Governor Cuomo Announces Launch Of "No Student Goes Hungry" Initiative To Provide Access To Locally Grown Food For Low Income Students

Written by Long Island News & PR  |  28. August 2018

Albany, NY - August 28, 2018 - Governor Andrew M. Cuomo today announced the launch of "No Students Goes Hungry" program. This comprehensive program addresses food insecurity by expanding access to free breakfast for students in poverty, increases access to farm-fresh foods and ensures that all students have access to school meals without fear of shame. The program also includes $1.5 million to expand the successful Farm-to-School program. 
"A well-rounded meal can make all the difference in a child's life, providing the focus and energy they need for a productive school day," Governor Cuomo said. "No child should never have to wonder where their next meal will come from, making the No Student Goes Hungry program critical to helping students across New York reach their full potential each day."
"This initiative will expand the free breakfast program for low-income students and offer fruits and vegetables from local farms -- because no student should be hungry in school," said Lieutenant Governor Kathy Hochul. "This funding will provide schools in high-poverty areas with the resources they need to ensure all students have access to a healthy breakfast so they have the energy to succeed in the classroom and in their everyday lives."
The No Students Goes Hungry program supports high poverty areas around the state to make breakfast accessible for students after the school day has begun. Before the program was implemented, many schools would only offer breakfast to students before the start of school as buses arrived, leaving many students unavailable to take advantage of the meal programs. 
The State is providing $7 million in funding to support equipment for high-poverty schools that offer breakfast after the bell, assisting schools in purchasing equipment such as refrigeration, coolers, vending machines, and breakfast kiosks to support the transition to breakfast after the bell.
The program also makes $1.5 million is available for eligible school districts to support the growth of Farm-to-School programs. The program helps Kindergarten through Grade 12 schools increase the volume and variety of locally grown and produced food on school menus, improve student health, and educate young people about agriculture. The program also assists the agricultural economy, providing additional business to New York's farmers. Funding for the Farm-to-School program was doubled in the State's 2018-19 Budget.
In addition, in order to incentivize the use of farm-fresh food in school cafeterias, the state will provide an increase in the reimbursement schools receive for lunches from the current 5.9 cents per meal to 25 cents per meal for any district that purchases at least 30 percent of its ingredients from New York farms.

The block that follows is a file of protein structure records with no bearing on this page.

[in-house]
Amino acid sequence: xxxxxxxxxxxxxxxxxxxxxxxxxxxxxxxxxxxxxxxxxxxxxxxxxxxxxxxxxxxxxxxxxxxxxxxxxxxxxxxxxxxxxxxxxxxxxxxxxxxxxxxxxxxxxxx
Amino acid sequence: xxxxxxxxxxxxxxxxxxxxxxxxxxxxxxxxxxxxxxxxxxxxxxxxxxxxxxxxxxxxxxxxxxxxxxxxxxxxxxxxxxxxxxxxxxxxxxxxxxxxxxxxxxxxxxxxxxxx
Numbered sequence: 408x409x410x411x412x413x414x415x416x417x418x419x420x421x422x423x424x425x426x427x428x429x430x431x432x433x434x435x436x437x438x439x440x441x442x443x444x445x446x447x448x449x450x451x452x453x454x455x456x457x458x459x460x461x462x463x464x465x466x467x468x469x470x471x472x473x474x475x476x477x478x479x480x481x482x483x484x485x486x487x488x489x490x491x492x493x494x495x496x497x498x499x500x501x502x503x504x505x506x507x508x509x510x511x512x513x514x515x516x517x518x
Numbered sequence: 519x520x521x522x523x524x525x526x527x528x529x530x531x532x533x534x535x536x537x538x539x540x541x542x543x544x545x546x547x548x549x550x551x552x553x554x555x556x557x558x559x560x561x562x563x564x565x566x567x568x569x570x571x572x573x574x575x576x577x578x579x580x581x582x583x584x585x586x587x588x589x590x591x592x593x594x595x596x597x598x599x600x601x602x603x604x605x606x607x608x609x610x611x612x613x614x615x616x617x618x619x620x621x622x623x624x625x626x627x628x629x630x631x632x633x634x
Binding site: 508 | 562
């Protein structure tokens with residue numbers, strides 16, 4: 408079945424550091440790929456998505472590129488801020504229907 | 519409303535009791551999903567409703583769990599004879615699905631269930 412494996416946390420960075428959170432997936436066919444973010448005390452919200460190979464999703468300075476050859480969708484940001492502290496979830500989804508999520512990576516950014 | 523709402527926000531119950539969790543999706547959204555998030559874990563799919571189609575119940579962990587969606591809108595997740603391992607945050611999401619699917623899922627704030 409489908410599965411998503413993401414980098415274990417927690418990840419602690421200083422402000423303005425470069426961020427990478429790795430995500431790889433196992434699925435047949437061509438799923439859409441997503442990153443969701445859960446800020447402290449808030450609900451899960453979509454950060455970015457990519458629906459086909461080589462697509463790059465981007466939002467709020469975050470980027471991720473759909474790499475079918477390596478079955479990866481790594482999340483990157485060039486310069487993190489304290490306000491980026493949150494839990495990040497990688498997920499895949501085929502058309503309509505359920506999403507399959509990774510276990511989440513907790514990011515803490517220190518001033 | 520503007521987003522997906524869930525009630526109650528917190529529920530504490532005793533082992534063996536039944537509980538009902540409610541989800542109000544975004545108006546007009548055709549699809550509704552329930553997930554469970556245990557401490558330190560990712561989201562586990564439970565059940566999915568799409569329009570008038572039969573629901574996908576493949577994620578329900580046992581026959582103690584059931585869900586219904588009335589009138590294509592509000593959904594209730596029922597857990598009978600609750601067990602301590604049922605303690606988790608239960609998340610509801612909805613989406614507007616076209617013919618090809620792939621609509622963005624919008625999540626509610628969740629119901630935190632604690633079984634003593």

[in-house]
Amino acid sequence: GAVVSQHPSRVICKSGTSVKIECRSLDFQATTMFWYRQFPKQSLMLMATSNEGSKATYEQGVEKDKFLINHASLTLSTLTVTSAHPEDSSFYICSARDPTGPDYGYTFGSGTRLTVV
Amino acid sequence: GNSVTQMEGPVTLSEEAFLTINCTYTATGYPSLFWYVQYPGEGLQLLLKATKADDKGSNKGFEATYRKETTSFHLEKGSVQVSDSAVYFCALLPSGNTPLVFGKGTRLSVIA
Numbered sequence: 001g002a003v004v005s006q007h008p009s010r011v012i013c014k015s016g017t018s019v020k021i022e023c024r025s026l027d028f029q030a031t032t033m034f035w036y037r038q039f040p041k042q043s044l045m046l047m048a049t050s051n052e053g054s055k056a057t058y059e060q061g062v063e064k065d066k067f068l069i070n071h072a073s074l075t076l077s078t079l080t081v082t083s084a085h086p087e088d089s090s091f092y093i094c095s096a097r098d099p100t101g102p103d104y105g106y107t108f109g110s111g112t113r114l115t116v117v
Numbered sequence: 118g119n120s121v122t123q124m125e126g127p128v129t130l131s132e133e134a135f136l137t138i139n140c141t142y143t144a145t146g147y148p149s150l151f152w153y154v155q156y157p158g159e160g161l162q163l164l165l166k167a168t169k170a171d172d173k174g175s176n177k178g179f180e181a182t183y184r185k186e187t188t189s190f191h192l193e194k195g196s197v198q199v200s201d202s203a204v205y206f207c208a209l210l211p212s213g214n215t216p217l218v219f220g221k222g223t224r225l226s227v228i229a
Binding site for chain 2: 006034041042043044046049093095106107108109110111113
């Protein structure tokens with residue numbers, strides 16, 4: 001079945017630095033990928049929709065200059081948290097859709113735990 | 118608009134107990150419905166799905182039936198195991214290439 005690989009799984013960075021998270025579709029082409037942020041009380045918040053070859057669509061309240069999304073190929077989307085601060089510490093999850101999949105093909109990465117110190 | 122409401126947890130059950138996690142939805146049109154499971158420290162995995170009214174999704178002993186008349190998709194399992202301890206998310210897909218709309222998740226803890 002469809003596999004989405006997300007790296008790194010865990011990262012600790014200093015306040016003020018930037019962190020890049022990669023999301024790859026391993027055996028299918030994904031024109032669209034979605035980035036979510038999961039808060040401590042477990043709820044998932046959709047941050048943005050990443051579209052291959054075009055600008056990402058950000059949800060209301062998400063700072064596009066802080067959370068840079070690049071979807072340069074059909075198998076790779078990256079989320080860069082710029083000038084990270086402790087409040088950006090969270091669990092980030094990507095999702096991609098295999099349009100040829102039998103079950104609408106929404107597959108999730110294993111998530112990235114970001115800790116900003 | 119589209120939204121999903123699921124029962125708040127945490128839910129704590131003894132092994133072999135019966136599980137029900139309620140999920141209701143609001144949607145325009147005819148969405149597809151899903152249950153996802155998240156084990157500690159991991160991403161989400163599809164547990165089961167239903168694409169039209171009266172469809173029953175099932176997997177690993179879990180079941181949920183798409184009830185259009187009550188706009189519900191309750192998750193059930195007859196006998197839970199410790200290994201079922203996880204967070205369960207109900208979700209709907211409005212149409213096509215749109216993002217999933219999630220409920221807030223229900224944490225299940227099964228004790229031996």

Senator Carl Marcellino, Chair of the Senate Standing Committee on Education said, "School children should never have to be responsible for feeding themselves or go hungry because their parents cannot afford it. By guaranteeing a meal after the bell for students in poverty, this initiative ensures that each and every child across New York State will have access to the produce and healthy meals they need to succeed in and out of the classroom."
Assemblymember Cathy Nolan, Chair of the Education Committee said, "When children go to school, they should be able to focus on what's going on in the classroom. This initiative helps ensure that a child's academic performance never suffers because of hunger and that they are never intimidated or made to feel ashamed or embarrassed for their inability to pay for school meals. I'd also like to thank Speaker Heastie for his role in helping prioritize the success of New York's students."
Assemblymember Jo Anne Simon said, "No child should ever have to worry about where their next meal will come from or be intimidated or shamed for inability to pay for it. This initiative will help us ensure that every child has access to both a healthy lunch and breakfast, complete with fresh produce. By expanding access to free breakfast and making certain that every family is aware of their meal-related benefits, we can help our children be successful in and out of the classroom. I would also like to thank our Education Committee Chair Cathy Nolan for her leadership on this important issue."
Child hunger is often associated with lower grades, higher rates of absenteeism, repeating a grade, and an inability to focus among students, according to the Centers for Disease Control and Prevention. For many children, the National School Lunch Program and School Breakfast Program offer the best opportunity to receive a regular nutritious meal throughout the week.
Unfortunately, while nearly 60 percent of students in New York public schools are currently eligible to receive a free or reduced-price breakfast at school, only 34 percent of these students eat breakfast on any given day, according to the New York State Education Department. The No Student Goes Hungry program aims to close that gap.
Finally, New York banned meal shaming, a practice in some schools where children are singled out, provided a lesser meal, or otherwise treated differently for not having money for a meal. This program will require districts to enact a policy to address how meal debt will be communicated to parents, while ensuring that every student is still provided a school meal without humiliation or shame.
Governor Cuomo's comprehensive polices ensure all of New York's students will have greater access to healthy, locally sourced food for breakfast and lunch for 2018-19 school year.

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